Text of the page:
Chicago Theatre Review
‘Equivocation’ is a Beautiful Use of Timing and Wordplay
By Cat Wilson
The witty, sharp-tongued, and fast-paced Equivocation, by Bill Cain, comes to Victory Gardens. While a troupe of actors, led by the great writer Master Shagspeare (played by Marc Grapey) is presented with the challenge of producing a play commissioned by the King’s right hand man, Cecil (cleverly characterized by Mark Montgomery), they are faced with the hard decision of telling the truth and potentially facing execution, or masking history. The play is supposed to promote the government’s perception of Guy Fawkes’ Gunpowder Plot, a failed attempt to blow up Parliament and assassinate King James I in 1605, however as Shagspeaare interviews the men involved, he discovers the government’s attempt to cover up the real proceedings. Equivocation, meaning the use of language especially with the intent to deceive, or avoiding committing oneself in what one says, becomes the troupe’s saving grace.
In addition to Grapey and Montgomery, the cast includes Minita Gandhi as Judith (Shagspeare’s daughter), Matt Kahler as Armin, Arturo Soria as Sharpe, and Bruce A. Young as Richard. The whole cast brings an amazing energy to the stage as they dart in and out of their characters, dawning a new side character with such conviction. In true troupe style, costume pieces are thrown on and off to transport an actor into a new chara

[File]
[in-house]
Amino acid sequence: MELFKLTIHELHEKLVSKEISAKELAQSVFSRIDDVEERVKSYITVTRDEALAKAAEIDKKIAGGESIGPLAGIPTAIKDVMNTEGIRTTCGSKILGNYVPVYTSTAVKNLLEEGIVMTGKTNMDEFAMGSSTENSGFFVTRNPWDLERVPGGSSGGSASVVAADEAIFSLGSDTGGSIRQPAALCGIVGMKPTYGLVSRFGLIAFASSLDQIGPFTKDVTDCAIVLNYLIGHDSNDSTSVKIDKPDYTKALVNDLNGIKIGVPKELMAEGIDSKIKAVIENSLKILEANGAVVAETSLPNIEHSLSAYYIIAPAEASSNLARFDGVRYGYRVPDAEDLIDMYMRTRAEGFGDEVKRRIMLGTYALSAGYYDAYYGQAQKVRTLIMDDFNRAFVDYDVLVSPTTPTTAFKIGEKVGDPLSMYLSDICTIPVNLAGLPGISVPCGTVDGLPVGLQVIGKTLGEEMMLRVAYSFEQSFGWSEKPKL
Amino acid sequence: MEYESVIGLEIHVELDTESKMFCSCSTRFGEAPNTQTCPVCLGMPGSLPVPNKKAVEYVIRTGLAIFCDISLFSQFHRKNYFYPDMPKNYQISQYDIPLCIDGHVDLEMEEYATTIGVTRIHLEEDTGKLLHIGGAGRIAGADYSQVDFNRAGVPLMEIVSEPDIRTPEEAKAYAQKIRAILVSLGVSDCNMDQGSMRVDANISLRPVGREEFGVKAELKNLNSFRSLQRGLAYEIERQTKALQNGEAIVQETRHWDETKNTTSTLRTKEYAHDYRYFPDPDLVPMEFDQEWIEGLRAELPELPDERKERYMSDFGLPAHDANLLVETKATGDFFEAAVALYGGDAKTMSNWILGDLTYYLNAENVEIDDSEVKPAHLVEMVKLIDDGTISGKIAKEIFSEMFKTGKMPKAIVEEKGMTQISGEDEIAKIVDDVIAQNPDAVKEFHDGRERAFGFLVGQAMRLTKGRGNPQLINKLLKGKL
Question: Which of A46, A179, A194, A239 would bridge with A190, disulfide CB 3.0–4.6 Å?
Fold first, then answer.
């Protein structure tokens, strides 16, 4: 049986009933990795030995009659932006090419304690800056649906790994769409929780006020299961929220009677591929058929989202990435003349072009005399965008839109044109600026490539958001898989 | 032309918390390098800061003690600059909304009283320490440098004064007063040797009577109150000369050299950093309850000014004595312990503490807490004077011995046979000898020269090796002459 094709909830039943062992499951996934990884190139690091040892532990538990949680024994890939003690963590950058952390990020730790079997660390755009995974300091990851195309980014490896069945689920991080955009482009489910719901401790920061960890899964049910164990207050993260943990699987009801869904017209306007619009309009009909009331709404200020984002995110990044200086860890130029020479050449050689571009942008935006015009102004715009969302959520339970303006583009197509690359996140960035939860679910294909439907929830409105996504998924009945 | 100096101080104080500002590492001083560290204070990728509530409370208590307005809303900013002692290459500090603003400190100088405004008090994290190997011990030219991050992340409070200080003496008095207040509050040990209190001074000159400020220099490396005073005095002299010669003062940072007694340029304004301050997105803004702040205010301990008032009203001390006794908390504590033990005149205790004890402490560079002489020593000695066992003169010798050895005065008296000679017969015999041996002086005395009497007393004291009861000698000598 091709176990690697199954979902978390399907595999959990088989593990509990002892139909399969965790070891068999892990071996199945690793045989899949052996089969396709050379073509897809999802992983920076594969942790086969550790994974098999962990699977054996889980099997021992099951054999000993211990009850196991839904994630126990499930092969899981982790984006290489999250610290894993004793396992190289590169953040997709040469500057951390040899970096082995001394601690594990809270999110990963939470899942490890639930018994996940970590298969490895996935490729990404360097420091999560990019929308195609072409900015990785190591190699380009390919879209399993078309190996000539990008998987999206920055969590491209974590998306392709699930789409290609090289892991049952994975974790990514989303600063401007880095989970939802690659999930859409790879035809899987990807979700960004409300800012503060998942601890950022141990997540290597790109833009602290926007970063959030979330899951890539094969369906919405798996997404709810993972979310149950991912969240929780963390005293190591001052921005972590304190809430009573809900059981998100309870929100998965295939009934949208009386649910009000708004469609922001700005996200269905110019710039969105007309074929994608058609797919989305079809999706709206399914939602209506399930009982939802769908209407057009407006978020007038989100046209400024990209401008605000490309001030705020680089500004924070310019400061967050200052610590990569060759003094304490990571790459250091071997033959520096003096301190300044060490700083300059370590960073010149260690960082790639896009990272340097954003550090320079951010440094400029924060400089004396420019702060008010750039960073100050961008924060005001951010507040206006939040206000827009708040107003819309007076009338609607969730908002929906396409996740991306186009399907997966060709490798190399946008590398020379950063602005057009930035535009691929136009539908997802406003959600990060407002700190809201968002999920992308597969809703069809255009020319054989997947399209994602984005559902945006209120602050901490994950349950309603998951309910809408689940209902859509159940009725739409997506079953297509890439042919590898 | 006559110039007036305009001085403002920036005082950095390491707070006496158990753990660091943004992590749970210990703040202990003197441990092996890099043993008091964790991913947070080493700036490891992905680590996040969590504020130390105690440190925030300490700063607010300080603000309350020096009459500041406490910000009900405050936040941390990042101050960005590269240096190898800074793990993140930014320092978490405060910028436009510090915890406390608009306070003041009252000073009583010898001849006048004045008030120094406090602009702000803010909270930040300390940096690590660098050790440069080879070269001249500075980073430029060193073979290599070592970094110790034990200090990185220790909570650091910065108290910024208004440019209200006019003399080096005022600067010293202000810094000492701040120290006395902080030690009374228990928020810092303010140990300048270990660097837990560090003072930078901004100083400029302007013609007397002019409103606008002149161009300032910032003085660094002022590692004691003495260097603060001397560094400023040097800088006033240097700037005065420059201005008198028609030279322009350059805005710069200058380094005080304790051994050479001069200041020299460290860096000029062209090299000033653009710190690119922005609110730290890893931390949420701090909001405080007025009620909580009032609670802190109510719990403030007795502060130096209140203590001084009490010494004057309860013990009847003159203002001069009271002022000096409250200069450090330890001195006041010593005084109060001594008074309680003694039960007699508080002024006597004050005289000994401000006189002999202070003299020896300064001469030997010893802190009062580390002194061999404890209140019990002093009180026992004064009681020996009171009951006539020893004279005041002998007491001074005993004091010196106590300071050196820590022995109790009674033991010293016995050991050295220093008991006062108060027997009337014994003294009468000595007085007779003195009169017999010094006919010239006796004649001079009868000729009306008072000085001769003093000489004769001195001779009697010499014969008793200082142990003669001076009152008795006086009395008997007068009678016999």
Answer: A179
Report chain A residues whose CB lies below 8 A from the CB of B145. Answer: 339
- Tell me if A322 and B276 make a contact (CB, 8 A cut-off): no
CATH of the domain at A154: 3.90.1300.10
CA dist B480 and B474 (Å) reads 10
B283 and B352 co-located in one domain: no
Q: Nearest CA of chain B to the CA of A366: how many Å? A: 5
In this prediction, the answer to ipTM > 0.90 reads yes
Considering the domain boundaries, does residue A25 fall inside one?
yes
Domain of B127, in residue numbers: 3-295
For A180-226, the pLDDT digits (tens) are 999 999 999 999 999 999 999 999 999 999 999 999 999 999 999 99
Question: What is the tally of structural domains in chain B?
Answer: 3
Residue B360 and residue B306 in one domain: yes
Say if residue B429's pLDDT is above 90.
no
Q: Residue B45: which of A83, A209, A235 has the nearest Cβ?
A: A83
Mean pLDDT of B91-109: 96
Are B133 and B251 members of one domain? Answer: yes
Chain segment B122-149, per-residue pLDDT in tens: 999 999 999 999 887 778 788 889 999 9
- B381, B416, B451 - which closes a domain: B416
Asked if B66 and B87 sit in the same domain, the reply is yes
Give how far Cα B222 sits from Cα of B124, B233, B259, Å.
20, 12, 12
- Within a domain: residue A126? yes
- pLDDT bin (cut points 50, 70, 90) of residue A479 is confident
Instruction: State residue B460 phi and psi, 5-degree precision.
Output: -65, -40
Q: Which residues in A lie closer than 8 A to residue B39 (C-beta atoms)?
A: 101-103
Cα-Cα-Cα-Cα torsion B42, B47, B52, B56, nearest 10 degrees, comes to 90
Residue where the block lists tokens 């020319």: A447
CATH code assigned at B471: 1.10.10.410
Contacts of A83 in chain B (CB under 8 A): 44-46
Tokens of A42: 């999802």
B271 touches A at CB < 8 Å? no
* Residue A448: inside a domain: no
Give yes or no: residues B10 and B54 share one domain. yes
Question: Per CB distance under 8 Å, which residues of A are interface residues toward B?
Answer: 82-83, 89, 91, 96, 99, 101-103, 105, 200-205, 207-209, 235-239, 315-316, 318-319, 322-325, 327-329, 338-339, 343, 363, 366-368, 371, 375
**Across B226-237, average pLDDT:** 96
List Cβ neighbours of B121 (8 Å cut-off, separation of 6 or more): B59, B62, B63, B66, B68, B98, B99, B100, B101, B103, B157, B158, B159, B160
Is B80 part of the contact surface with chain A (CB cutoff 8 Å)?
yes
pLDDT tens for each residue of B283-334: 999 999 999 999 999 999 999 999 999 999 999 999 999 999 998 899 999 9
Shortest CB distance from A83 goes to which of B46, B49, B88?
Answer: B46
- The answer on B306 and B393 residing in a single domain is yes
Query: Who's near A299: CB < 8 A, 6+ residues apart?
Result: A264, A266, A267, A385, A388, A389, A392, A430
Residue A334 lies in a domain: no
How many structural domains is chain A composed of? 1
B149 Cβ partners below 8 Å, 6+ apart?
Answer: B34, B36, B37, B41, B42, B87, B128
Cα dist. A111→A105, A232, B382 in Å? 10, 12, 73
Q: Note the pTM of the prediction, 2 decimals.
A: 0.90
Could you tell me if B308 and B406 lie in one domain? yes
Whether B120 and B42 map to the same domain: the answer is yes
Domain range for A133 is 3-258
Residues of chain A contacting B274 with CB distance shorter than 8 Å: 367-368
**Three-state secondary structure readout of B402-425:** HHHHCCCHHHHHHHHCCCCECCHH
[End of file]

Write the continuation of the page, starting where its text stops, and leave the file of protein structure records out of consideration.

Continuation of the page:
cter, but they have also captured a personality quirk such as a limp or a flamboyant Scottish accent to separate each persona.
The design elements follow a similarly fast-paced leap between worlds. The audience is thrown from Shagspeare’s rehearsals to performances to Cecil’s offices. With the show’s constant nods to the art of theatre making, the designers embrace theatricality and present a beautifully unified environment. William Boles’ scenic design allows the space to move and flow with the whirling of the action, and provides dramatic entrances aided by Heather Gilbert’s stunning lighting design. The lights provided the instant shift between performance and rehearsal, aided by the intense sound design by Kevin O’Donnell. Janice Pytel created a fun array of costumes that the actors could throw about as they whipped between characters.
With so much political rhetoric today, Equivocation is a great reminder that the theatre can, and often does, capture history and outlast political agendas. Director Sean Graney leads a talented cast and crew in this brilliant production sure to make you laugh, empathize, and celebrate the sometimes morally difficult process of theater making.
Equivocation, by Bill Cain
Directed by Sean Graney
Victory Gardens Biograph Theatre
2433 N. Lincoln Ave